If there is one marketing campaign that you will never see from anyone in the residential real estate industry it is: “Now is NOT the time to buy.”
The old saw that “now is the time to buy” is the jumping off point for the monthly conversation between Lane Hornung, President, CEO and Co-founder of 8z Real Estate and COhomefinder.com and John Rebchook of InsideRealEstateNews.com.
John: Lane, Do you think consumers are skeptical of brokers saying “now is a good time to buy?”
Lane: I think people are skeptical. They have grown tired of brokers saying it is always a good time to buy. It may be a good time to buy, but from a marketing standpoint, it is kind of silly to make that universal statement.
John: Given that buying a home is often the single, biggest financial decision and investment many people will make, where they are in terms of income, work-history and where they are in their lives might be more important than easily measures metrics, such as interest rates, prices and the existing supply of homes.
Lane: I think the personal situation trumps the market in almost all cases. If you don’t have a reason to buy, maybe it is not a great time to buy.
John: Not that those metrics aren’t important.
Lane: Absolutely. They are very important. On the other hand, a person might buy in what are considered less-than-optimal market conditions. You can’t make the assumption that the only motivation for purchasing a home is for financial reasons. That is an aspect of the purchase, but it is just one piece of the puzzle.
John: Assuming a person is financially qualified to sign on the dotted line, what is the single most important thing they should consider before buying?
Lane: A key component is the holding period. If someone’s holding period is seven or 10 or 15 years, they might go through a couple of different real estate cycles. Certainly, if you own a home for 15 year or more, you need not to be excessively concerned of where you are in the cycle today. Who knows? We may look back and find that historically, what we have just lived through was not that different from a typical five-to-seven year cycle, with a more pronounced down period.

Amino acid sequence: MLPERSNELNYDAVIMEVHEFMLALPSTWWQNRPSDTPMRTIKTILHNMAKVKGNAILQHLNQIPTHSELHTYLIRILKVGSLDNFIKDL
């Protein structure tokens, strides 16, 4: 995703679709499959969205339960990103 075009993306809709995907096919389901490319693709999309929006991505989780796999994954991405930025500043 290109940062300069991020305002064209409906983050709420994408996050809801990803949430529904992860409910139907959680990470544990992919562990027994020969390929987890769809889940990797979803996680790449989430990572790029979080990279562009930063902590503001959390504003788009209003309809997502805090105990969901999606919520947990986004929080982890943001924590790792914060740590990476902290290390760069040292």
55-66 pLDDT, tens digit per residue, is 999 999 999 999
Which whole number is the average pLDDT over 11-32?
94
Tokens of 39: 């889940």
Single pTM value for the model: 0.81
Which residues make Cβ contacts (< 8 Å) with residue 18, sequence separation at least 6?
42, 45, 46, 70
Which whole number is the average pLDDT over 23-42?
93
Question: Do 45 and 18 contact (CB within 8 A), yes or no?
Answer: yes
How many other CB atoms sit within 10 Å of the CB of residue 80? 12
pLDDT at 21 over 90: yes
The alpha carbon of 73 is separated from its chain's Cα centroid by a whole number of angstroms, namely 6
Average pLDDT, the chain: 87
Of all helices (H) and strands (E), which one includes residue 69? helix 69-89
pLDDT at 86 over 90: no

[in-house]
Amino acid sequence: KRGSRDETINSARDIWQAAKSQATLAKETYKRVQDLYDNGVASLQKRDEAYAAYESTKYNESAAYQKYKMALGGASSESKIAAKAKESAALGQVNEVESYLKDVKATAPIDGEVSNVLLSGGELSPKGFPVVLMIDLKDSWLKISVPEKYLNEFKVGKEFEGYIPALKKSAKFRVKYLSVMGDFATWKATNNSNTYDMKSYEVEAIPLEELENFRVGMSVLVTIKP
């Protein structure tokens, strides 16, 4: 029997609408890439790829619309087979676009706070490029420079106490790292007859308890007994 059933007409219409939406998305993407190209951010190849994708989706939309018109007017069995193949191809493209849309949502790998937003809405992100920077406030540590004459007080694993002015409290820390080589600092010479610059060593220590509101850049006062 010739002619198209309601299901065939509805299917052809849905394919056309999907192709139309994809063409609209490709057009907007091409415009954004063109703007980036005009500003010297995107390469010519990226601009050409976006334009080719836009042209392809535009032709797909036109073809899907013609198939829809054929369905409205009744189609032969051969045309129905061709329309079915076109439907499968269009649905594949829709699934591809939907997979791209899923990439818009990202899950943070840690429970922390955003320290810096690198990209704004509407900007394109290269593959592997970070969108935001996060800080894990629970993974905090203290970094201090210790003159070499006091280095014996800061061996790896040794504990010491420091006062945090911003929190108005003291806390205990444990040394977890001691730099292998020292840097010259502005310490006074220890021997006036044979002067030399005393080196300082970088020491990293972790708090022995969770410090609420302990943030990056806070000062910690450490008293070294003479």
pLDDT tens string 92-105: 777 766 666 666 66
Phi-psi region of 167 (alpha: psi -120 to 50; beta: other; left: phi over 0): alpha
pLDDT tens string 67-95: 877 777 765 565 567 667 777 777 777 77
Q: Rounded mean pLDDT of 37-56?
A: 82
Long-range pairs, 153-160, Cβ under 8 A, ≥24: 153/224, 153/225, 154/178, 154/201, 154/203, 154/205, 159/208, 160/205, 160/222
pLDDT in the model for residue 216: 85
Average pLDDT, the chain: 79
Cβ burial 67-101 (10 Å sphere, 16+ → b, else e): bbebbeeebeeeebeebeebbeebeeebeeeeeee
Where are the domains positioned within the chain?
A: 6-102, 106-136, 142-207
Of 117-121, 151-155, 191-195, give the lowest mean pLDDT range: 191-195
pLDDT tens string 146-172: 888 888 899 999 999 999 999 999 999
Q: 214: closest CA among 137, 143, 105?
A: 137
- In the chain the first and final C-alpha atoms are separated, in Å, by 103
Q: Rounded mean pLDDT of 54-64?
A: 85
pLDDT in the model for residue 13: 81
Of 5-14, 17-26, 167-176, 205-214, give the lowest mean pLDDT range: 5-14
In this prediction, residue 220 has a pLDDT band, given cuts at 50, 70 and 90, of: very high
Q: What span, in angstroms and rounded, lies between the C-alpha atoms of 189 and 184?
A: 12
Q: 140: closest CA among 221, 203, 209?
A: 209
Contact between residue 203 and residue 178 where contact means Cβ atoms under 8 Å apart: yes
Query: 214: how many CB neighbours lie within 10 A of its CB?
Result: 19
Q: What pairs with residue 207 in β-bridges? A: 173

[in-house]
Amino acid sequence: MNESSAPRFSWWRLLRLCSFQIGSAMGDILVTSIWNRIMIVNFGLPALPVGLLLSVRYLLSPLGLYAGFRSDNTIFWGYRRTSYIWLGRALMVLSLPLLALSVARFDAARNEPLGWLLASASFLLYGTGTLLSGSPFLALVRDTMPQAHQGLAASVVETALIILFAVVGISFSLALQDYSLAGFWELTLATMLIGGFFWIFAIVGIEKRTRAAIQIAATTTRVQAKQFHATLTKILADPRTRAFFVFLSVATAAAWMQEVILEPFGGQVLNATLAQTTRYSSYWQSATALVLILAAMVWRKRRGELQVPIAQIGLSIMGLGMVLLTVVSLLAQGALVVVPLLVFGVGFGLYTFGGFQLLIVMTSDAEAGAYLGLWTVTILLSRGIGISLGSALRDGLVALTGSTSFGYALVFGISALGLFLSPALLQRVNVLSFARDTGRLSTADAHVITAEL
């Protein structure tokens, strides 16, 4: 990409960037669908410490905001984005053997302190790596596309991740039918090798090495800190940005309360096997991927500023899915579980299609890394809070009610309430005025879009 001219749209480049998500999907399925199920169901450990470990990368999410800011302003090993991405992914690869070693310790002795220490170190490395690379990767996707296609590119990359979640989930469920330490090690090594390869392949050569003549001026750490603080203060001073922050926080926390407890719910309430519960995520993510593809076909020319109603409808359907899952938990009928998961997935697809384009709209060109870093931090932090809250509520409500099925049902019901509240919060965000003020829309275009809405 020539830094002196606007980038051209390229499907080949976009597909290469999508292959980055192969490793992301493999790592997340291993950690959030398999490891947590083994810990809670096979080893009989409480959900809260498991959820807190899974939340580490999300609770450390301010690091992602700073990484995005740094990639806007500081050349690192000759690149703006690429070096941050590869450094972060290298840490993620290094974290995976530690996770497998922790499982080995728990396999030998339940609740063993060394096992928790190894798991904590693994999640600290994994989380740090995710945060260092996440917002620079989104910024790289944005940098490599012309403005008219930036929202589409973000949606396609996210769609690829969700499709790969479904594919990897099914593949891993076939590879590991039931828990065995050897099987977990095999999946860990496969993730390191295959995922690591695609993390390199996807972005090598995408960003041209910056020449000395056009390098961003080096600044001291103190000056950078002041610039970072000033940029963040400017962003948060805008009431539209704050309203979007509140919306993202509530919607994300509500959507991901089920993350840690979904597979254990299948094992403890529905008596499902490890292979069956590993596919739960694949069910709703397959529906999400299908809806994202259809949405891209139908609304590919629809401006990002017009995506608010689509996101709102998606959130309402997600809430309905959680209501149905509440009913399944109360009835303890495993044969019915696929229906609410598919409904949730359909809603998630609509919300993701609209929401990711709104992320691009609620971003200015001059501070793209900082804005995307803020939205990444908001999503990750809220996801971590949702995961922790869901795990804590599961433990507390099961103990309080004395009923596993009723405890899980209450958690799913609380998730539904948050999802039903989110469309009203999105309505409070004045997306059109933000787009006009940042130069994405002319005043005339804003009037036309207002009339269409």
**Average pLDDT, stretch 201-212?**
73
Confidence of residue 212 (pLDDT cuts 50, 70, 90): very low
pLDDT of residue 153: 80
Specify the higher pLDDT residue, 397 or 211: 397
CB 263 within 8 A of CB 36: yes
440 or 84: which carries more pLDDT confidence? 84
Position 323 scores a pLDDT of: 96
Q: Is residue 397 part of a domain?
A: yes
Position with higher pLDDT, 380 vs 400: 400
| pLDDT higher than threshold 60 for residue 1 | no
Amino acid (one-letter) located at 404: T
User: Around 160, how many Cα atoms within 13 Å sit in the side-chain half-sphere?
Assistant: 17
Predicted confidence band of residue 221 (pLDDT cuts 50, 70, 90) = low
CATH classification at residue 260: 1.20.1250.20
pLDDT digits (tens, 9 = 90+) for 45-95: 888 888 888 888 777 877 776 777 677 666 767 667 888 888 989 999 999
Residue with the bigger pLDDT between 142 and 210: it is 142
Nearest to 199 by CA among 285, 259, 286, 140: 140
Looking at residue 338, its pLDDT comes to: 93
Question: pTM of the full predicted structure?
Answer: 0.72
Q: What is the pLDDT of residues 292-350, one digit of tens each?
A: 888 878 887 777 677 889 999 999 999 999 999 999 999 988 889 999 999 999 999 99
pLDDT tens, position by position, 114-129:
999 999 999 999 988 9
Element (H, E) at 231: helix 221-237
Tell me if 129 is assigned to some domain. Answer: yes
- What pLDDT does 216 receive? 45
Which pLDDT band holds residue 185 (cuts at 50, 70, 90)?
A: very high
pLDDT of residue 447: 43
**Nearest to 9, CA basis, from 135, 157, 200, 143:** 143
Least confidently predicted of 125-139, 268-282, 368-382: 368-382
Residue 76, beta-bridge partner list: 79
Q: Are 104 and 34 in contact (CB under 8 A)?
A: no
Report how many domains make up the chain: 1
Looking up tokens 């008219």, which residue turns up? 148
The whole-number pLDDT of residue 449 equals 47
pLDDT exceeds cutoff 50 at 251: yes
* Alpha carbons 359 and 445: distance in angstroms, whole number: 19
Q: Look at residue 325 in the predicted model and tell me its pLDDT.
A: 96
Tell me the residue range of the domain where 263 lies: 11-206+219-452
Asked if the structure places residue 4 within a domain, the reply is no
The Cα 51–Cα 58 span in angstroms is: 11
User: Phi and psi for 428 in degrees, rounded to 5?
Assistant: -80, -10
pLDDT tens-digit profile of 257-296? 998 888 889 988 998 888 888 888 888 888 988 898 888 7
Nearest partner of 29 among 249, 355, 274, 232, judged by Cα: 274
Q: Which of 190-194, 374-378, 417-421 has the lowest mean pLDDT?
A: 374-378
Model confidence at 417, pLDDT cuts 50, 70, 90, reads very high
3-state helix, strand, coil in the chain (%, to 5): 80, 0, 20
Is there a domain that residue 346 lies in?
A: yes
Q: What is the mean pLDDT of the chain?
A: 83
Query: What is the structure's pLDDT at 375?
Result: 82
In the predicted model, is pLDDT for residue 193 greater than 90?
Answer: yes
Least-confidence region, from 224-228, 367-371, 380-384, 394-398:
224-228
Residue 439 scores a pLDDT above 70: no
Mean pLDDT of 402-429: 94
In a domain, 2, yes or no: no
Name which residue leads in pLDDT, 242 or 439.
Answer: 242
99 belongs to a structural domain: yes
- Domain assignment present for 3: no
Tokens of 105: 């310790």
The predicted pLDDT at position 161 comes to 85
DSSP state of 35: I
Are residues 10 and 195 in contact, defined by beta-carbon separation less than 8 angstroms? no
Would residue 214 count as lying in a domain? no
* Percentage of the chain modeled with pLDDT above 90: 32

John: Should there be a minimum planned holding period?
Lane: I think if you plan to live there for less than five years, you might really want to think about whether you should be buying. Or, come up with an alternative plan. You might want to bake into your equation the possibility of keeping the house as a rental property, if you expect you are going to only be in the house three or four years. You then become what I call a “collector.” That can be a really good plan. We are seeing that quite a bit.
John: Other alternatives for a planned short-term holding period?
Lane: You might consider improving the home to add-value to it. In that respect, it might be kind of an extended flip. The idea might be to fix it up in a way to make it more attractive to live there, and after the capital-gains clock clicks (after two years), sell it without having to pay any taxes. Again, that is a personal decision. Some people really like living in a home while they are fixing it up, while others would have zero-interest in doing it.
John: Of course, even though I steered you into this conversation of why it the time may not be right to always buy a home, the argument that now is truly a great time to buy is pretty compelling. After all, interest rates remain at or near historic low, the employment picture is getting better and despite the shortage of houses on the market and more frequent multiple-bids for homes, prices have yet to go through the roof. In many cases, home price are still lower than they were six years ago. What do you think, Lane? Lane: Let me flip that around. I would tell you that I feel fairly confident in saying that now is a good time to sell. People may not realize that. Because of our acute shortage and strong demand, in some neighborhoods 60 percent to 80 percent of the homes for sale are under contract. Increasingly, our brokers are calling people who were unable to sell their home before and whose listings were withdrawn or whose listings have expired.
Maybe that should be the topic of next moth’s Q&A.
John: Thanks Lane.
A monthly conversation between Lane Hornung and John Rebchook is a feature of InsideRealEstateNews.com. Hornung is President, CEO and C0-founder of 8z Real Estate, a sponsor of InsideRealEstateNews.com. For more about Lane Hornung and 8z Real Estate, please visit this link.